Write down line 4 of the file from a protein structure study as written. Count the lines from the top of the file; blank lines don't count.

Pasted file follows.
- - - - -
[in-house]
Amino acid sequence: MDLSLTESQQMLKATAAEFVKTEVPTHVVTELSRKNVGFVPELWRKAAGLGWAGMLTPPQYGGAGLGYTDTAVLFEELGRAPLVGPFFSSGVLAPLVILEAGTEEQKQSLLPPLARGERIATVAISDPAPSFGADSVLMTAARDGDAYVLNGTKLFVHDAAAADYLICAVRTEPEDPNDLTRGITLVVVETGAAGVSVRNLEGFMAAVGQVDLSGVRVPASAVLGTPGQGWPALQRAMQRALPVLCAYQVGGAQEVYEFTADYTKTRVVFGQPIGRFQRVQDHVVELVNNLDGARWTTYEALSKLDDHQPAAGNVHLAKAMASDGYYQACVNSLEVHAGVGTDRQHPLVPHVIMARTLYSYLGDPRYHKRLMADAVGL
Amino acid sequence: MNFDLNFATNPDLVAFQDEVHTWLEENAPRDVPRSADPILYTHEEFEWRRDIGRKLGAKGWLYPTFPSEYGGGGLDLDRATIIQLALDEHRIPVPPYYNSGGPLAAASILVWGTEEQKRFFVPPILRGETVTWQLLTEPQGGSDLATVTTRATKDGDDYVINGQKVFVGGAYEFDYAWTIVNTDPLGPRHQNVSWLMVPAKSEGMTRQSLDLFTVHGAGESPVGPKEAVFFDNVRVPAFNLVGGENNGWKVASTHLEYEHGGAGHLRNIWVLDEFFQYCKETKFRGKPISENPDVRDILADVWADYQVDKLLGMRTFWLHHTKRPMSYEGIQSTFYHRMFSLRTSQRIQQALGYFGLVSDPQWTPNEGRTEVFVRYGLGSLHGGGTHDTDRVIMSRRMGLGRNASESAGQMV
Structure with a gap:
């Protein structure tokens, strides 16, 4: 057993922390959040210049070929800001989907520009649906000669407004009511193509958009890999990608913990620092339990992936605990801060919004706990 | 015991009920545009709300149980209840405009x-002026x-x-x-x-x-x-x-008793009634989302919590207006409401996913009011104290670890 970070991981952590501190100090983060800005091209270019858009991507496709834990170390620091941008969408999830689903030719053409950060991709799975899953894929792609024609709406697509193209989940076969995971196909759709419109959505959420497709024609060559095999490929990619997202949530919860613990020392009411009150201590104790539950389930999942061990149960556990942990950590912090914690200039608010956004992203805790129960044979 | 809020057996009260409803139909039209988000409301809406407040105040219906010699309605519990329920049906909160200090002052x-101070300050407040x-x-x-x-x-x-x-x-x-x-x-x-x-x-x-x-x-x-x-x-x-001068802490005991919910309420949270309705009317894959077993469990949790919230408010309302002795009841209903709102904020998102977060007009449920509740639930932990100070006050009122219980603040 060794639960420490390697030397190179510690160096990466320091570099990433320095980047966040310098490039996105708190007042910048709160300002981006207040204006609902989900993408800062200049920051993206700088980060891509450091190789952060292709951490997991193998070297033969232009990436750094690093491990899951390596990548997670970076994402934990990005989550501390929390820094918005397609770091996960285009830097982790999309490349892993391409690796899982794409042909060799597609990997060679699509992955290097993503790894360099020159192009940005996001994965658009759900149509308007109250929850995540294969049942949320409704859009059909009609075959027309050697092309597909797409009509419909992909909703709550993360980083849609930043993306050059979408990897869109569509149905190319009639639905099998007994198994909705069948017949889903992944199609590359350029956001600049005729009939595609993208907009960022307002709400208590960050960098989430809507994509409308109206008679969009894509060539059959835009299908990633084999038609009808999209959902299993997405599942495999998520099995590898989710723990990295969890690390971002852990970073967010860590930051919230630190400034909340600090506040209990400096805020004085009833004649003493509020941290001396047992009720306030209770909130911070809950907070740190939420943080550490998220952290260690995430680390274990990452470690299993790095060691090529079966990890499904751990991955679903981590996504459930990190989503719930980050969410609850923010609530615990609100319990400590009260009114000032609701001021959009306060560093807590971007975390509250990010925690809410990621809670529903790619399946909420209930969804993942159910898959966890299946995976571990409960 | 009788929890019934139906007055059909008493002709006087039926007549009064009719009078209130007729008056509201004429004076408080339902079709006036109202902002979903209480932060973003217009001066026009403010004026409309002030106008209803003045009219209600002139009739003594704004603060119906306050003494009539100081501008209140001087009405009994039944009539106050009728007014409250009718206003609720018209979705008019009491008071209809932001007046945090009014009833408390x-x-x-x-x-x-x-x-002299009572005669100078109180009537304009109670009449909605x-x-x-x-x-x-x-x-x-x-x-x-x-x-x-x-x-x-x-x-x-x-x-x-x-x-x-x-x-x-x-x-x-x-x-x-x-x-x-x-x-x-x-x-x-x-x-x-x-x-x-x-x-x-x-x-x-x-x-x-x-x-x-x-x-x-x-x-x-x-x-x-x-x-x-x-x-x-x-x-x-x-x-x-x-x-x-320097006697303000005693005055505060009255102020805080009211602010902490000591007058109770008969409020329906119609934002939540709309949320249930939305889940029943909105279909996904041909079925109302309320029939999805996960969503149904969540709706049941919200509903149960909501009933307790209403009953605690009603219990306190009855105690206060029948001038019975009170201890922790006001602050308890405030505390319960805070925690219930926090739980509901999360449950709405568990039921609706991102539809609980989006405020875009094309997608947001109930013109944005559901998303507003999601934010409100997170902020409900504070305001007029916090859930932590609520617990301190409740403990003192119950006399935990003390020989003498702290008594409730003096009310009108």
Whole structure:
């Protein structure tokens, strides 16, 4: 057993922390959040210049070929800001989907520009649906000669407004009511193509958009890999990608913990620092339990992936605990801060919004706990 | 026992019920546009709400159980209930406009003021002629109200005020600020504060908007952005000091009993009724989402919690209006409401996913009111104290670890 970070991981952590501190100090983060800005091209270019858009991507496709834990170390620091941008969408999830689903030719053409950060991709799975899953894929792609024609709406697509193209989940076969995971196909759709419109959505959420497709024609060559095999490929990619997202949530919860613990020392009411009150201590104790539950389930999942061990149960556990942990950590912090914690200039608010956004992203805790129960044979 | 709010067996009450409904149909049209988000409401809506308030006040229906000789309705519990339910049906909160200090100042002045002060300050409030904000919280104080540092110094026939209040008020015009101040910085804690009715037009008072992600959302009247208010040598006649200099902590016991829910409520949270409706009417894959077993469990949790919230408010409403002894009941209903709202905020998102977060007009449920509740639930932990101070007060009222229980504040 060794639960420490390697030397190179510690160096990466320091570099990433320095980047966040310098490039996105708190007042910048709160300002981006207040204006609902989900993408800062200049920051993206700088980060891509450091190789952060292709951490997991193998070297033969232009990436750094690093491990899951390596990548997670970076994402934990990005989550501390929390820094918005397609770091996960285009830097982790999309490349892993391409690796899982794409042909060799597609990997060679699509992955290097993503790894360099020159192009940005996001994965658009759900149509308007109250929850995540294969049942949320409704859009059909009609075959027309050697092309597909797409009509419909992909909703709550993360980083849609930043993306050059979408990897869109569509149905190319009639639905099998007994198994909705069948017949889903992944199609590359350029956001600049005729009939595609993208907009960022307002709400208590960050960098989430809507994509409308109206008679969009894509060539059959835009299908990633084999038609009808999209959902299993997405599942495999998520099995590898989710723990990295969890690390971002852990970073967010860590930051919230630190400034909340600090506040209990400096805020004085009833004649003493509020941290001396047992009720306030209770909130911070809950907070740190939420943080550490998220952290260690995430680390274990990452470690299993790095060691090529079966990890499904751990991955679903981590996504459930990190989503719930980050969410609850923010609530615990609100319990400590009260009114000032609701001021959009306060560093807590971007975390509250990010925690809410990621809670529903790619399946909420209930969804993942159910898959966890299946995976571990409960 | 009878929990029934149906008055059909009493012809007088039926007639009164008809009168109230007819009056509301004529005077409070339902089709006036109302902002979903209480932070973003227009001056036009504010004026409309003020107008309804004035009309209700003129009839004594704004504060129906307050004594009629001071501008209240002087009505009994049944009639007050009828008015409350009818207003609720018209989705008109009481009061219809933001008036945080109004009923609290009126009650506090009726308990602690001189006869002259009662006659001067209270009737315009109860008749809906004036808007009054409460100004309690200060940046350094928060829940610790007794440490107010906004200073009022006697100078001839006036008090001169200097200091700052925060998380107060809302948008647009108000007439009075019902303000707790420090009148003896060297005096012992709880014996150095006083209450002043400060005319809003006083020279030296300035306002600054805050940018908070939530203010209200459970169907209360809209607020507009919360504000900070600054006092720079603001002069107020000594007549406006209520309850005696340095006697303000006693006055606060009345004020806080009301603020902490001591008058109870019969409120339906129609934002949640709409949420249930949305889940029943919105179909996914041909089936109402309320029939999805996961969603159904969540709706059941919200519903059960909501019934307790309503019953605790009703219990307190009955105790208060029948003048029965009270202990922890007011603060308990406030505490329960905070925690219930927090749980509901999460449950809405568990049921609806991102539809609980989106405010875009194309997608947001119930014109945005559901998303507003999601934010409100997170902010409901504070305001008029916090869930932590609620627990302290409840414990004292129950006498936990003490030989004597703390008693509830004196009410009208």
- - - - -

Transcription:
Structure with a gap: